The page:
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The nutritional value of selected Asiatic pulses: chickpea, black gram, mung bean and pigeon pea

  • S. K. Sathe

Abstract

Plants are an important source of nutrients in the human diet. Over 3000 plant species have been used as human food throughout history (Borlaug, 1981). Of these, at least 150 different species are grown in sufficient quantity and are thus important in world food trade. Cereals constitute the single most important group of food plants in the human diet (excluding the large number of species of fruits and vegetables). Legumes are next to cereals in terms of their economic and nutritional importance as human food resources. They are valued not only for their protein and carbohydrate contents (just as cereals) but also because of the oil content of oilseed legumes such as soybeans and peanuts. The ability of legumes to fix atmospheric nitrogen in the soil-crop ecosystem is one of their unique and beneficial characteristics among all plant species. The amount of nitrogen fixed in the soil equals the amount of nitrogen input from commercial fertilizers (Delwiche, 1978).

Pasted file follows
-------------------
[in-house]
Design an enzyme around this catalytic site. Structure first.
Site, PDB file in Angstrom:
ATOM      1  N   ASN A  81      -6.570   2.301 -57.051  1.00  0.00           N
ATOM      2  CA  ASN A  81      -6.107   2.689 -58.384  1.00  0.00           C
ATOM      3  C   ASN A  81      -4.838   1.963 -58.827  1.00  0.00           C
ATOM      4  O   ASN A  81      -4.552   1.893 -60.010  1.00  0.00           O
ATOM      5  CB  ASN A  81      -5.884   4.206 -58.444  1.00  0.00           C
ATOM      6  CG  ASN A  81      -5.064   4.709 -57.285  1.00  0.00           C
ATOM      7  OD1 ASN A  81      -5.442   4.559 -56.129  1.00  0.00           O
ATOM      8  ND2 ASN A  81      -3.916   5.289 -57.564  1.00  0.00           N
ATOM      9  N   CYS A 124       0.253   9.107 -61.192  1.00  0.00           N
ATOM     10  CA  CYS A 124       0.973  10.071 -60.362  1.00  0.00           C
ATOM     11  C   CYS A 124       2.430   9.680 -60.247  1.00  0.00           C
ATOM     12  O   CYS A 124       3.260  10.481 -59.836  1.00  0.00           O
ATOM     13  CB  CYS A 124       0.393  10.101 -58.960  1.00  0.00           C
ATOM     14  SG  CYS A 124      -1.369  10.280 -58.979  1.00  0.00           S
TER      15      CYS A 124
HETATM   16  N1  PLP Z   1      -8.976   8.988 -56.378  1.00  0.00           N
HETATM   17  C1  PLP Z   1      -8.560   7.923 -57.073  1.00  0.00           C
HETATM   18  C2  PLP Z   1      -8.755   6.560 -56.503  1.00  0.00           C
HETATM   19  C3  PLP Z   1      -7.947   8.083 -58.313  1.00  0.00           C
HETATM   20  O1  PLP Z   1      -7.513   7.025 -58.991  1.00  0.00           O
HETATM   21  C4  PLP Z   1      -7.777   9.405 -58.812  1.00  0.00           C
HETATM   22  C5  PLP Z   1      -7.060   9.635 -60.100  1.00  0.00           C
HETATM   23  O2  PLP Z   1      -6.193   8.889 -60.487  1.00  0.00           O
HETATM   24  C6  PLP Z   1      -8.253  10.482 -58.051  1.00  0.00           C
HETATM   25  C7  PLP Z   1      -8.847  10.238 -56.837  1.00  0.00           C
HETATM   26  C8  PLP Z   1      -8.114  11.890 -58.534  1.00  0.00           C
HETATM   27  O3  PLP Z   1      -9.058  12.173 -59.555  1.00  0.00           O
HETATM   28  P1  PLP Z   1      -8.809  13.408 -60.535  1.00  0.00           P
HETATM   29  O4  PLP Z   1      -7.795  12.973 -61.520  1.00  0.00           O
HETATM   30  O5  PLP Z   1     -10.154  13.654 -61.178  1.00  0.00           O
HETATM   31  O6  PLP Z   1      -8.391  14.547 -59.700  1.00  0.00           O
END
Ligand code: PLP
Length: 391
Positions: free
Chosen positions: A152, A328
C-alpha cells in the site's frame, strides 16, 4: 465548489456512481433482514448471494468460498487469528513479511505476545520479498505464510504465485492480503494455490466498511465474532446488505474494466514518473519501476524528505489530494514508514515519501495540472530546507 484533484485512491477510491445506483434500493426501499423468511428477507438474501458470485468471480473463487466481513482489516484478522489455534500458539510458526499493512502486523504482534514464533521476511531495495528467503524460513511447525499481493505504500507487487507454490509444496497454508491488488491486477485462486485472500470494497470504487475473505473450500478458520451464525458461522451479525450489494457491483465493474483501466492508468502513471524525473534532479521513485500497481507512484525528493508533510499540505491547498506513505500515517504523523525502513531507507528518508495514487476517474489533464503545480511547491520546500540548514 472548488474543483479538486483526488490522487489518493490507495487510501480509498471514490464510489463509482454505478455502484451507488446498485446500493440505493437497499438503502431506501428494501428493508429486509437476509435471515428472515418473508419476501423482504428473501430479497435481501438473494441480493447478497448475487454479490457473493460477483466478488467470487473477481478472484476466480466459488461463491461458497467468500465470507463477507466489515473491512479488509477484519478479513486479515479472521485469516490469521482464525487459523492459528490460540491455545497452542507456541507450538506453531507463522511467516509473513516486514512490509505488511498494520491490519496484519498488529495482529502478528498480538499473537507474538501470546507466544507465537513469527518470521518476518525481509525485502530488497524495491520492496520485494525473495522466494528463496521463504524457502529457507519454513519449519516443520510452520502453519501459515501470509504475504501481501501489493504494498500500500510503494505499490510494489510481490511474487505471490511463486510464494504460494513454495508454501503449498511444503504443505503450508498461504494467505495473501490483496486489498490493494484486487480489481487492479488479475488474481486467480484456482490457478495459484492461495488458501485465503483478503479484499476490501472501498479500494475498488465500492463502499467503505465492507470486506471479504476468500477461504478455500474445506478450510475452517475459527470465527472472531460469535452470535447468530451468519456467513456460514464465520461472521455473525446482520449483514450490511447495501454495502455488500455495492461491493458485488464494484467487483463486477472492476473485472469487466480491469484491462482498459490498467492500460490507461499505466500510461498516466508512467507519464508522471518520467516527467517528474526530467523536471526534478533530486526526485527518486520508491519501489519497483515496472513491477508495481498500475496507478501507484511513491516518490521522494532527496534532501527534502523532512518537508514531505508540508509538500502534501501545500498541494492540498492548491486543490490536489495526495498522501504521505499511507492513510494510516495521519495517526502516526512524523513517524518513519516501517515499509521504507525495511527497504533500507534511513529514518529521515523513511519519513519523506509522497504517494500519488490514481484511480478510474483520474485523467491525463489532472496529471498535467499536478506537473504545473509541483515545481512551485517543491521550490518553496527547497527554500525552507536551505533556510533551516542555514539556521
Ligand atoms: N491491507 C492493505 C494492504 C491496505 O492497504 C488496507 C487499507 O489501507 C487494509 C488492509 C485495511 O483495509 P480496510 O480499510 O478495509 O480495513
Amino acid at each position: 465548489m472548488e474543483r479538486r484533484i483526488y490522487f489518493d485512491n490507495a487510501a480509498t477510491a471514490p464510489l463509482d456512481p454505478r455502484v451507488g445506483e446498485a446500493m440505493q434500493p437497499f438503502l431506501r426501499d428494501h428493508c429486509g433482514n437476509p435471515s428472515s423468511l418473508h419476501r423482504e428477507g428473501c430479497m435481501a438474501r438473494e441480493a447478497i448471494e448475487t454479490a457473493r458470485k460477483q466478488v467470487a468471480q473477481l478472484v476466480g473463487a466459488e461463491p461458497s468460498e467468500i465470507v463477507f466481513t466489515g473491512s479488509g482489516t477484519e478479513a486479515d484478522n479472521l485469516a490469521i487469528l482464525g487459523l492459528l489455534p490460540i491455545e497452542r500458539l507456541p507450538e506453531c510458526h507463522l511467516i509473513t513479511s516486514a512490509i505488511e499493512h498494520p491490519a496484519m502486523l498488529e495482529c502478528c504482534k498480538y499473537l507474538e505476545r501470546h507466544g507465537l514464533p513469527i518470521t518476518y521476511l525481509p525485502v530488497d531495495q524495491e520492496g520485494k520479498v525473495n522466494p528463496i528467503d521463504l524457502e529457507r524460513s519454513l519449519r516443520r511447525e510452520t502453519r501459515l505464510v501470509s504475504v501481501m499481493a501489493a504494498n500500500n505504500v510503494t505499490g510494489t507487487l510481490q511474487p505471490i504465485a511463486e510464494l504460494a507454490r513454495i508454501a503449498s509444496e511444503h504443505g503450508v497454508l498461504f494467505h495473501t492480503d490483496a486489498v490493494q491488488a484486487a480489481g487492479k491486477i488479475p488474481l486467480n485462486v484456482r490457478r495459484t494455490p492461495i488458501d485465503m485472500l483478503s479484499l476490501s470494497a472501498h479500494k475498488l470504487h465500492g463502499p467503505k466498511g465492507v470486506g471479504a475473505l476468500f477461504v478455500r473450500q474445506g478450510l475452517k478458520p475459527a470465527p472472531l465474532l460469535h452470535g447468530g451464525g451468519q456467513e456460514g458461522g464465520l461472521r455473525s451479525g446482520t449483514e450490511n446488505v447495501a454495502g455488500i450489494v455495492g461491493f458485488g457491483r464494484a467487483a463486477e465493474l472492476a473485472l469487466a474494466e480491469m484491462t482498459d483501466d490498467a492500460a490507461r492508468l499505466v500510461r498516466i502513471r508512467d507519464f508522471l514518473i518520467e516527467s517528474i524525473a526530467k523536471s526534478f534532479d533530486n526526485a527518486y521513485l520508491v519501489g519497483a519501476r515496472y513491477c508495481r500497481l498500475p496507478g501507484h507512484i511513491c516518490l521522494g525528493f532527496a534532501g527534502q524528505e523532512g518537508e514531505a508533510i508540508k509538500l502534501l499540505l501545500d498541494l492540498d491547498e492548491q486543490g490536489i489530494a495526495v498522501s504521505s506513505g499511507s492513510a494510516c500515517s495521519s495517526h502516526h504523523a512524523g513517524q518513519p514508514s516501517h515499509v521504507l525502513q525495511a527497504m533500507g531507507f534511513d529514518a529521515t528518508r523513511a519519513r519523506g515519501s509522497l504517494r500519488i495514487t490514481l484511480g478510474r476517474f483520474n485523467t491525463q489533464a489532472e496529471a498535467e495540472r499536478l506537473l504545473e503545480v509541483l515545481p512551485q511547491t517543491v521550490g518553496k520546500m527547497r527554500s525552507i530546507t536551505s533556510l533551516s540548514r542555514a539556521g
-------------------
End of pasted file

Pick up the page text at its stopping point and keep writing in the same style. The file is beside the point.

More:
Keywords

Phytic Acid Mung Bean Cicer Arietinum Antinutritional Factor Food Legume 
These keywords were added by machine and not by the authors. This process is experimental and the keywords may be updated as the learning algorithm improves.

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Copyright information

© E. Nwokolo and J. Smartt 1996

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  • S. K. Sathe

There are no affiliations available

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